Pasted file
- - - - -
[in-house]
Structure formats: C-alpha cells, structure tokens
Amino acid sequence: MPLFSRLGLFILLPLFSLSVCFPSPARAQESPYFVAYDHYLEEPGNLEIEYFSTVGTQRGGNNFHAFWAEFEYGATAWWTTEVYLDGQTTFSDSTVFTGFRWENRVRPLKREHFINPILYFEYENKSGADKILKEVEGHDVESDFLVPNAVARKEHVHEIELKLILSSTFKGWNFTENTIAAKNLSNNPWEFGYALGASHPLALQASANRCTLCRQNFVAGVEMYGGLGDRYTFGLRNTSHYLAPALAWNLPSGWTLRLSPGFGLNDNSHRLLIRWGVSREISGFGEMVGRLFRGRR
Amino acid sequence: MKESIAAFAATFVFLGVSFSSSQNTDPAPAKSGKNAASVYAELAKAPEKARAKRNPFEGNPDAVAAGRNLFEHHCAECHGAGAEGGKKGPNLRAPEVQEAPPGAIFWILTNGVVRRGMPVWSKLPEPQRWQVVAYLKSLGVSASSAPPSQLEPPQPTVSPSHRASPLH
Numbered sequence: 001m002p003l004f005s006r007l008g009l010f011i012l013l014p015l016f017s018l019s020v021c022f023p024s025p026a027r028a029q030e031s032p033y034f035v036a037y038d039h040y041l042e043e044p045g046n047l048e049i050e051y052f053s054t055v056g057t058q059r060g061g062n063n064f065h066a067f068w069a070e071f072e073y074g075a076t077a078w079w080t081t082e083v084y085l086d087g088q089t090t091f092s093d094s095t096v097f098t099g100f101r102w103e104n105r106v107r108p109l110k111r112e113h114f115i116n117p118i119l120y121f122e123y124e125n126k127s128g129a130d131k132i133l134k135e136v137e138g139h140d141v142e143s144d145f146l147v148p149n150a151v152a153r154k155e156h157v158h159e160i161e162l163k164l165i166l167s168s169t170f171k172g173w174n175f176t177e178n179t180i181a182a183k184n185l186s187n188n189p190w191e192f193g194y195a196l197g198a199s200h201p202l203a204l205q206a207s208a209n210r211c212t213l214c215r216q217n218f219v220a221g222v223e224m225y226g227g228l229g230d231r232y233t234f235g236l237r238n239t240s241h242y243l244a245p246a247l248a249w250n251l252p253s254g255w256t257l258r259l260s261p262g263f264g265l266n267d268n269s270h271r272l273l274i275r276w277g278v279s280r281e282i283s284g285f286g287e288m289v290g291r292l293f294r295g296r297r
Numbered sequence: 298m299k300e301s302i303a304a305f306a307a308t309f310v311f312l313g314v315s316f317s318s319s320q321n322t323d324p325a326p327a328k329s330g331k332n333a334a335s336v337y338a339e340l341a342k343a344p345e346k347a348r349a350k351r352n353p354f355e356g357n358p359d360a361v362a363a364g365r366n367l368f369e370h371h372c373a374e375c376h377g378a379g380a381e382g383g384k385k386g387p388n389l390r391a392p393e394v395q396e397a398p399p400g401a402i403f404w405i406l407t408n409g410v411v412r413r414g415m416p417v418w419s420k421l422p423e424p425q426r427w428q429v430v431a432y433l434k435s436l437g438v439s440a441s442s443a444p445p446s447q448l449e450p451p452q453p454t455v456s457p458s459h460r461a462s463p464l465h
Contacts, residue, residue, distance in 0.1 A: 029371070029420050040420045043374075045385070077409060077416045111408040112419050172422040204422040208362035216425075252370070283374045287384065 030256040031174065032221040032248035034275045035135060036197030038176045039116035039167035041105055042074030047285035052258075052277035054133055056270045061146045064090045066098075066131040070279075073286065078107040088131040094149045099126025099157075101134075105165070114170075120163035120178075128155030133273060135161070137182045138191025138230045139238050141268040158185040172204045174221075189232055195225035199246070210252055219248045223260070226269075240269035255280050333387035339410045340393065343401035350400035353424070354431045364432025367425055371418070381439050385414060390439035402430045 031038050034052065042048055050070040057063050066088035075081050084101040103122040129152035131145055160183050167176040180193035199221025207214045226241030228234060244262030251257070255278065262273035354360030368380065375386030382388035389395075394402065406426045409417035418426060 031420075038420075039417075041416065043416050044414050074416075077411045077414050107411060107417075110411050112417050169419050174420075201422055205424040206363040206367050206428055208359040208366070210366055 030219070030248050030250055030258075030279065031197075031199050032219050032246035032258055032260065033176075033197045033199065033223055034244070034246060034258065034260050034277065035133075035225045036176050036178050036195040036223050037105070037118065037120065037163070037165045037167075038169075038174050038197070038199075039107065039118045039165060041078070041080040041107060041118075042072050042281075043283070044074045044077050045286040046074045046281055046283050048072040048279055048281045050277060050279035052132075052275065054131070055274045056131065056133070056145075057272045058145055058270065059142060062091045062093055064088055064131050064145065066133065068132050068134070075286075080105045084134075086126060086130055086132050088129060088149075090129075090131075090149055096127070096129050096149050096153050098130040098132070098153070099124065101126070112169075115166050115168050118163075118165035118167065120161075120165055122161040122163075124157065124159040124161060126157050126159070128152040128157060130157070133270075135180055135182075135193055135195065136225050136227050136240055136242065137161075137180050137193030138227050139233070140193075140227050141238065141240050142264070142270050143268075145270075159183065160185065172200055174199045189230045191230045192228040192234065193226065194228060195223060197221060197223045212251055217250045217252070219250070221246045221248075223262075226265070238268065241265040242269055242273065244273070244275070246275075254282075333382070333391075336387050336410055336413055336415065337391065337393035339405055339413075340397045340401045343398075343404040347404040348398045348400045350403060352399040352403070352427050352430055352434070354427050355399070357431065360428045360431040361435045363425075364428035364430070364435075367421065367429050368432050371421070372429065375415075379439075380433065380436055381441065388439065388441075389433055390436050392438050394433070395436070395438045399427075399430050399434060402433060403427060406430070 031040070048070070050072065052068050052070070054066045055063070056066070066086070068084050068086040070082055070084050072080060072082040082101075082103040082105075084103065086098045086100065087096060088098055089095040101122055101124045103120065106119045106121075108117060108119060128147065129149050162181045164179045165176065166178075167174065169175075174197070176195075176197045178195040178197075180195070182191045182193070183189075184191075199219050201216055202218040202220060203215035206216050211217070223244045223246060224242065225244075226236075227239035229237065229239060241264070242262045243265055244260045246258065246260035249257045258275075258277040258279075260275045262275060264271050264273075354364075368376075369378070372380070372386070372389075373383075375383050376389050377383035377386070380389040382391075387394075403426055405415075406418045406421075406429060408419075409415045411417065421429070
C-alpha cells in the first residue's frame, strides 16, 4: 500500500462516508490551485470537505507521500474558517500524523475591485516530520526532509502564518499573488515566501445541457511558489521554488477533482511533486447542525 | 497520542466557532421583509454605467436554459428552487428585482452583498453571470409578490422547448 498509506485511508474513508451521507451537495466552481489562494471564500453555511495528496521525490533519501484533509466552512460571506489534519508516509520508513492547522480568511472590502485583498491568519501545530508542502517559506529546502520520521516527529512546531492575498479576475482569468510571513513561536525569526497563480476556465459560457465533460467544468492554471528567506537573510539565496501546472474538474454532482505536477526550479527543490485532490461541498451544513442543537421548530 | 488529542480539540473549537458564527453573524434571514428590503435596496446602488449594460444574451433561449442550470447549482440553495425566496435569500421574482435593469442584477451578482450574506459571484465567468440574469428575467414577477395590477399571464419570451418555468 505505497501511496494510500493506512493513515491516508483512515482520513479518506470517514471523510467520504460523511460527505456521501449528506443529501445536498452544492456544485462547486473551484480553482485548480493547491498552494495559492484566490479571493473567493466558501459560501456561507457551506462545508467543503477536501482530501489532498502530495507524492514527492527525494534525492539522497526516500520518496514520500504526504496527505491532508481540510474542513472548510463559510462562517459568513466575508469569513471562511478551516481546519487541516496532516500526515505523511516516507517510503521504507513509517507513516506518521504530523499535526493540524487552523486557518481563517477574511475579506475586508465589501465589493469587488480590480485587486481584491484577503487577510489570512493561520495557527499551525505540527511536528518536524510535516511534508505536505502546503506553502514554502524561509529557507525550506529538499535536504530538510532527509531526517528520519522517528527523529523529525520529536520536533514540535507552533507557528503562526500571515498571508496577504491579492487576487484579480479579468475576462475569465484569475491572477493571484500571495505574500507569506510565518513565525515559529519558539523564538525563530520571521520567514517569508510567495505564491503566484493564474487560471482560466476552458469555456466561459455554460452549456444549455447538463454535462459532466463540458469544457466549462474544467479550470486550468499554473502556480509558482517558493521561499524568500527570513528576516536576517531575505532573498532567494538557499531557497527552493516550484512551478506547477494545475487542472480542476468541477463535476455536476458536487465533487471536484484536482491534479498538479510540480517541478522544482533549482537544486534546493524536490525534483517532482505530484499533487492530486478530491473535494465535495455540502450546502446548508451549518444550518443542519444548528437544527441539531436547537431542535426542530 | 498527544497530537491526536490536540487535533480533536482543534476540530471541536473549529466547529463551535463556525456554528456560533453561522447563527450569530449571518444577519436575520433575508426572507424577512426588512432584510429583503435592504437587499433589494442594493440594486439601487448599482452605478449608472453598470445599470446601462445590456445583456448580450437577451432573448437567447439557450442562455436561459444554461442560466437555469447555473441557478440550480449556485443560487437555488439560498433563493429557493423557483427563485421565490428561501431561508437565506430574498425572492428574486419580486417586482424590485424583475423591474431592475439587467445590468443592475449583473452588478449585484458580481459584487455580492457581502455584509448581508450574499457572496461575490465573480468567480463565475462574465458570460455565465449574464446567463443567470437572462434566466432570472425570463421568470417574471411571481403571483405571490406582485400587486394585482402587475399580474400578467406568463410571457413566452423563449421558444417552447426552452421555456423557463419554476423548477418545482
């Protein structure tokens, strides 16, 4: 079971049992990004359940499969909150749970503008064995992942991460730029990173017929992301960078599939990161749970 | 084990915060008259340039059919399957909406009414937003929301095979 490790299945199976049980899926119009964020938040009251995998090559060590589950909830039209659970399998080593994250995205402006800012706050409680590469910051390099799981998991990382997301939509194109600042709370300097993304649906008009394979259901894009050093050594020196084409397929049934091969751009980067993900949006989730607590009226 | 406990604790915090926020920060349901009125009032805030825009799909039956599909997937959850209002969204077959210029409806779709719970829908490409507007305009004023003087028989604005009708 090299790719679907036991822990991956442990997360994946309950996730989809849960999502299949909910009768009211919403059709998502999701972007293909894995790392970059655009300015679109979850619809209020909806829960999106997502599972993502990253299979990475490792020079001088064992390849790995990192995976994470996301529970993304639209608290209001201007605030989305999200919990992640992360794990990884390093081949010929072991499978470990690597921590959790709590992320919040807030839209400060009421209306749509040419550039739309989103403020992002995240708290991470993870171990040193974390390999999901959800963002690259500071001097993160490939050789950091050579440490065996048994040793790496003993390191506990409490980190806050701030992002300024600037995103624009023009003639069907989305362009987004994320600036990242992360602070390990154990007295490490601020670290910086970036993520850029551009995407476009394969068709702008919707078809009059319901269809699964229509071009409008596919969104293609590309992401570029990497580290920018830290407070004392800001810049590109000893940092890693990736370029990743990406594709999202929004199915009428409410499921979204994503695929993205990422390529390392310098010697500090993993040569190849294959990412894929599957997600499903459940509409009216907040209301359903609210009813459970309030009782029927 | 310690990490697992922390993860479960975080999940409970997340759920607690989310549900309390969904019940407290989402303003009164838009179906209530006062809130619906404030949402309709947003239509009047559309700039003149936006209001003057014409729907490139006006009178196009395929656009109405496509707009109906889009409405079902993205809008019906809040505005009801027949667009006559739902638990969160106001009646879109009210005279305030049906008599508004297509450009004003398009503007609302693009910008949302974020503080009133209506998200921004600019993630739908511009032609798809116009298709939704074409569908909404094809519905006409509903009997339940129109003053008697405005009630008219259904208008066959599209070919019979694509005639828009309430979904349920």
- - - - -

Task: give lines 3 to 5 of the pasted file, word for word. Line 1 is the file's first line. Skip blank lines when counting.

Amino acid sequence: MPLFSRLGLFILLPLFSLSVCFPSPARAQESPYFVAYDHYLEEPGNLEIEYFSTVGTQRGGNNFHAFWAEFEYGATAWWTTEVYLDGQTTFSDSTVFTGFRWENRVRPLKREHFINPILYFEYENKSGADKILKEVEGHDVESDFLVPNAVARKEHVHEIELKLILSSTFKGWNFTENTIAAKNLSNNPWEFGYALGASHPLALQASANRCTLCRQNFVAGVEMYGGLGDRYTFGLRNTSHYLAPALAWNLPSGWTLRLSPGFGLNDNSHRLLIRWGVSREISGFGEMVGRLFRGRR
Amino acid sequence: MKESIAAFAATFVFLGVSFSSSQNTDPAPAKSGKNAASVYAELAKAPEKARAKRNPFEGNPDAVAAGRNLFEHHCAECHGAGAEGGKKGPNLRAPEVQEAPPGAIFWILTNGVVRRGMPVWSKLPEPQRWQVVAYLKSLGVSASSAPPSQLEPPQPTVSPSHRASPLH
Numbered sequence: 001m002p003l004f005s006r007l008g009l010f011i012l013l014p015l016f017s018l019s020v021c022f023p024s025p026a027r028a029q030e031s032p033y034f035v036a037y038d039h040y041l042e043e044p045g046n047l048e049i050e051y052f053s054t055v056g057t058q059r060g061g062n063n064f065h066a067f068w069a070e071f072e073y074g075a076t077a078w079w080t081t082e083v084y085l086d087g088q089t090t091f092s093d094s095t096v097f098t099g100f101r102w103e104n105r106v107r108p109l110k111r112e113h114f115i116n117p118i119l120y121f122e123y124e125n126k127s128g129a130d131k132i133l134k135e136v137e138g139h140d141v142e143s144d145f146l147v148p149n150a151v152a153r154k155e156h157v158h159e160i161e162l163k164l165i166l167s168s169t170f171k172g173w174n175f176t177e178n179t180i181a182a183k184n185l186s187n188n189p190w191e192f193g194y195a196l197g198a199s200h201p202l203a204l205q206a207s208a209n210r211c212t213l214c215r216q217n218f219v220a221g222v223e224m225y226g227g228l229g230d231r232y233t234f235g236l237r238n239t240s241h242y243l244a245p246a247l248a249w250n251l252p253s254g255w256t257l258r259l260s261p262g263f264g265l266n267d268n269s270h271r272l273l274i275r276w277g278v279s280r281e282i283s284g285f286g287e288m289v290g291r292l293f294r295g296r297r